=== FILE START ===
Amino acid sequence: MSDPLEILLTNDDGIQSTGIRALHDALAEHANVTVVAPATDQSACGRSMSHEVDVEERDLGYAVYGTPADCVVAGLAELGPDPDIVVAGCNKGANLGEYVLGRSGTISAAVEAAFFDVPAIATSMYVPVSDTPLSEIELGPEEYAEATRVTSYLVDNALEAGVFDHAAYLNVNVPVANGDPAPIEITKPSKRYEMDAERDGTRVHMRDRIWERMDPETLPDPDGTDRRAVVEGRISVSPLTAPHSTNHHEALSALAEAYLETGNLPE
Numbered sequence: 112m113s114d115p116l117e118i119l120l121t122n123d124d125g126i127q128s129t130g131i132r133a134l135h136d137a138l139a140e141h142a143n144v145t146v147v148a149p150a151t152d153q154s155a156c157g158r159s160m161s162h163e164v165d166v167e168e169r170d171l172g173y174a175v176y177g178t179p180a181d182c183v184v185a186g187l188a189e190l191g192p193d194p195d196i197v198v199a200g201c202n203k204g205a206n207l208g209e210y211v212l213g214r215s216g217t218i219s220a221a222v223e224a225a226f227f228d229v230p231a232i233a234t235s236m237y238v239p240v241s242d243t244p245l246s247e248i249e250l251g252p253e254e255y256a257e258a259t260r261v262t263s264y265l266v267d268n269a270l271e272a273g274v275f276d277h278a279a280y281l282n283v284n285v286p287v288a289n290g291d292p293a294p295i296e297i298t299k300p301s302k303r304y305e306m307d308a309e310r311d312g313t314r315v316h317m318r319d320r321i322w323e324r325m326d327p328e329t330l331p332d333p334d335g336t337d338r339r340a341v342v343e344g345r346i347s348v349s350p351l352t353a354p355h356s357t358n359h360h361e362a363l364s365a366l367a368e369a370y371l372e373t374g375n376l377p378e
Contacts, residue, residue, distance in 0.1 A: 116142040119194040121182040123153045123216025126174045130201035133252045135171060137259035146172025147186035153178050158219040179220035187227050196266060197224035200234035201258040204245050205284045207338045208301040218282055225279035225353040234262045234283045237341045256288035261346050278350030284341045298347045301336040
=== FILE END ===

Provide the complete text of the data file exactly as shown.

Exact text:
Amino acid sequence: MSDPLEILLTNDDGIQSTGIRALHDALAEHANVTVVAPATDQSACGRSMSHEVDVEERDLGYAVYGTPADCVVAGLAELGPDPDIVVAGCNKGANLGEYVLGRSGTISAAVEAAFFDVPAIATSMYVPVSDTPLSEIELGPEEYAEATRVTSYLVDNALEAGVFDHAAYLNVNVPVANGDPAPIEITKPSKRYEMDAERDGTRVHMRDRIWERMDPETLPDPDGTDRRAVVEGRISVSPLTAPHSTNHHEALSALAEAYLETGNLPE
Numbered sequence: 112m113s114d115p116l117e118i119l120l121t122n123d124d125g126i127q128s129t130g131i132r133a134l135h136d137a138l139a140e141h142a143n144v145t146v147v148a149p150a151t152d153q154s155a156c157g158r159s160m161s162h163e164v165d166v167e168e169r170d171l172g173y174a175v176y177g178t179p180a181d182c183v184v185a186g187l188a189e190l191g192p193d194p195d196i197v198v199a200g201c202n203k204g205a206n207l208g209e210y211v212l213g214r215s216g217t218i219s220a221a222v223e224a225a226f227f228d229v230p231a232i233a234t235s236m237y238v239p240v241s242d243t244p245l246s247e248i249e250l251g252p253e254e255y256a257e258a259t260r261v262t263s264y265l266v267d268n269a270l271e272a273g274v275f276d277h278a279a280y281l282n283v284n285v286p287v288a289n290g291d292p293a294p295i296e297i298t299k300p301s302k303r304y305e306m307d308a309e310r311d312g313t314r315v316h317m318r319d320r321i322w323e324r325m326d327p328e329t330l331p332d333p334d335g336t337d338r339r340a341v342v343e344g345r346i347s348v349s350p351l352t353a354p355h356s357t358n359h360h361e362a363l364s365a366l367a368e369a370y371l372e373t374g375n376l377p378e
Contacts, residue, residue, distance in 0.1 A: 116142040119194040121182040123153045123216025126174045130201035133252045135171060137259035146172025147186035153178050158219040179220035187227050196266060197224035200234035201258040204245050205284045207338045208301040218282055225279035225353040234262045234283045237341045256288035261346050278350030284341045298347045301336040